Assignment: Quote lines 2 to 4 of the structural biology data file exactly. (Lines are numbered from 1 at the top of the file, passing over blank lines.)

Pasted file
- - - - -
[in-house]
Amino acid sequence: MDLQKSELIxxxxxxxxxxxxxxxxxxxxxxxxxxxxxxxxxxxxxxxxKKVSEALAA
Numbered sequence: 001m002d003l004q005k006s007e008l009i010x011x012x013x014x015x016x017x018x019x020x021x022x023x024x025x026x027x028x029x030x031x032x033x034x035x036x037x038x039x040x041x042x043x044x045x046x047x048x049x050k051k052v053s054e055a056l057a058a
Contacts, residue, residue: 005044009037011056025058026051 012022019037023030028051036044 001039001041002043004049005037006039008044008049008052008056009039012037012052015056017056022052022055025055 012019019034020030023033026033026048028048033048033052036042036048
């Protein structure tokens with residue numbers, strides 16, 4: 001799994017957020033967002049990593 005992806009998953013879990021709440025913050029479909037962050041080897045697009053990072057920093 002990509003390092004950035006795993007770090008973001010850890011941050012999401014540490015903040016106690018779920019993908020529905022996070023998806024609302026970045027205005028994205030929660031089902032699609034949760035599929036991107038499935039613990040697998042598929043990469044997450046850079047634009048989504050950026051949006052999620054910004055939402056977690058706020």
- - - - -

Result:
Amino acid sequence: MDLQKSELIxxxxxxxxxxxxxxxxxxxxxxxxxxxxxxxxxxxxxxxxKKVSEALAA
Numbered sequence: 001m002d003l004q005k006s007e008l009i010x011x012x013x014x015x016x017x018x019x020x021x022x023x024x025x026x027x028x029x030x031x032x033x034x035x036x037x038x039x040x041x042x043x044x045x046x047x048x049x050k051k052v053s054e055a056l057a058a
Contacts, residue, residue: 005044009037011056025058026051 012022019037023030028051036044 001039001041002043004049005037006039008044008049008052008056009039012037012052015056017056022052022055025055 012019019034020030023033026033026048028048033048033052036042036048